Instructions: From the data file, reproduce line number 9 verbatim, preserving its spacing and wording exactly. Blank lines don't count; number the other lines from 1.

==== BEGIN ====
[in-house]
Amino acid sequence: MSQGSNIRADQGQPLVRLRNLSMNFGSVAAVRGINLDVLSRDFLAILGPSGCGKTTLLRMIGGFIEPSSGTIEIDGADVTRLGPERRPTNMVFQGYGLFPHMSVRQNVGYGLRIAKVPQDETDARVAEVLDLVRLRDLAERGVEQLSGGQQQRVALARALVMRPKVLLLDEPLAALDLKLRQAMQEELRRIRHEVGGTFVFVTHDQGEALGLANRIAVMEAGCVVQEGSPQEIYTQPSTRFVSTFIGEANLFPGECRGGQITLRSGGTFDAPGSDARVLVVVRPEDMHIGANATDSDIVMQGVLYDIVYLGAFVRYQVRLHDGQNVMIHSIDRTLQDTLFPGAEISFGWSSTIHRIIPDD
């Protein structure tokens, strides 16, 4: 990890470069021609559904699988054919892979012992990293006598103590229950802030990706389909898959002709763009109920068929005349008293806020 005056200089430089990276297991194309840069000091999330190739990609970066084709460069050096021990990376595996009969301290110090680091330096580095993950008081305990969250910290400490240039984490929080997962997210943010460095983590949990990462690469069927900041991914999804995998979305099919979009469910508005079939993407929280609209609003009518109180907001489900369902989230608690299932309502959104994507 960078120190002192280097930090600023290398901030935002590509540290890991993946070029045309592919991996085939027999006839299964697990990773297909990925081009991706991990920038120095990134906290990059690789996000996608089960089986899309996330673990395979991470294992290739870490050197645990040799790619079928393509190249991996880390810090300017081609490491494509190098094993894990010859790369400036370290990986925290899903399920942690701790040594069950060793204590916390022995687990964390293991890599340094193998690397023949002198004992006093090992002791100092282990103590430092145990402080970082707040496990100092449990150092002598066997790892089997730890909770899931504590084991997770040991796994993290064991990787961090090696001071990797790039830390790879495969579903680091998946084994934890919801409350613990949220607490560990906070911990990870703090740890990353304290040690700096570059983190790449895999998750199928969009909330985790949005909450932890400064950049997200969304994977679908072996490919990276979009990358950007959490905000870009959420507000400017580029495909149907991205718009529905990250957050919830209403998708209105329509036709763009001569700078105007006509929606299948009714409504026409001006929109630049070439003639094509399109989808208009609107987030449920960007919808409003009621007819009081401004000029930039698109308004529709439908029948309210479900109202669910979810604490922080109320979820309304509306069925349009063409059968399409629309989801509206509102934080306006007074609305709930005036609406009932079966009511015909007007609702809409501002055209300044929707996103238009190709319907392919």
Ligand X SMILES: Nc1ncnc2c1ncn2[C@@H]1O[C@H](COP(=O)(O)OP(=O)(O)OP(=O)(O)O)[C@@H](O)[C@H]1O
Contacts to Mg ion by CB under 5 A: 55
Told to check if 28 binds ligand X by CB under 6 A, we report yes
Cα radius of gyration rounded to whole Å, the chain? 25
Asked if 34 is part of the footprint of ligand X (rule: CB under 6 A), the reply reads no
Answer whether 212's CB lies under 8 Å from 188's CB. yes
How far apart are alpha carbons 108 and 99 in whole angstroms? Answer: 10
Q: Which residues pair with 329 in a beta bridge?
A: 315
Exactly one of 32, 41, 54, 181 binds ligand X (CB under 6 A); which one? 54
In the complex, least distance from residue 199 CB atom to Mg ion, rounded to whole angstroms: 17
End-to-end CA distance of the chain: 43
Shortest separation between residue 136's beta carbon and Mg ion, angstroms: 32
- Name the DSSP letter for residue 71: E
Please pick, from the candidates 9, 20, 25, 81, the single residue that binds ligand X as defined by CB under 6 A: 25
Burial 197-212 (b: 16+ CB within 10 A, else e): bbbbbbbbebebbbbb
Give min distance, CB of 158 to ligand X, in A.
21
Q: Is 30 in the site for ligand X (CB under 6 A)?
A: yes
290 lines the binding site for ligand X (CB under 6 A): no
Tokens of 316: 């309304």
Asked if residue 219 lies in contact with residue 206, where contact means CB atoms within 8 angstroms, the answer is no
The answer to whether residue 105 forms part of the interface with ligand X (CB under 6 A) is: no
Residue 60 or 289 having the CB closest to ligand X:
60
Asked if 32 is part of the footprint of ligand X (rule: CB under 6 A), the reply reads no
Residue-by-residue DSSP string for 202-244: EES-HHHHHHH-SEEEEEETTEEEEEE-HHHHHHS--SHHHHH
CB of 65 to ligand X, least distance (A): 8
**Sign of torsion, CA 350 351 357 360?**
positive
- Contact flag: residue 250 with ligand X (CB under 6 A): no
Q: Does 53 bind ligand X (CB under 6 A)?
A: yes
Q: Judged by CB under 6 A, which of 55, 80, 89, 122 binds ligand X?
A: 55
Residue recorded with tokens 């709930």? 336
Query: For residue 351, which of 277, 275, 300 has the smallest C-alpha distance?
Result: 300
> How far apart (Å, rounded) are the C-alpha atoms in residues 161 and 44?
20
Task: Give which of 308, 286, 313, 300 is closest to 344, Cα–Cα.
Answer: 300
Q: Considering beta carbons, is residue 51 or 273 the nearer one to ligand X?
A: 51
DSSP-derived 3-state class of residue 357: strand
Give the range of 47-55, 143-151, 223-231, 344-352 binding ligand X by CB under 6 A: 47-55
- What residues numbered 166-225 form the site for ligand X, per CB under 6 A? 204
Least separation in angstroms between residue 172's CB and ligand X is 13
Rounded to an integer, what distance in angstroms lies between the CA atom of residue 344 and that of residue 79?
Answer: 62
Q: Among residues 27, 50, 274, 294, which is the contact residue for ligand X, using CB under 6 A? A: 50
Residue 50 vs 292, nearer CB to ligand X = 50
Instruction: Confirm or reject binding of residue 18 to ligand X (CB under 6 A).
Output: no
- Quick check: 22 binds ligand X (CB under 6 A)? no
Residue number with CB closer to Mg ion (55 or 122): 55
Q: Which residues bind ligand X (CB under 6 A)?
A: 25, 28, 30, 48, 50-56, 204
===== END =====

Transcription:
Answer whether 212's CB lies under 8 Å from 188's CB. yes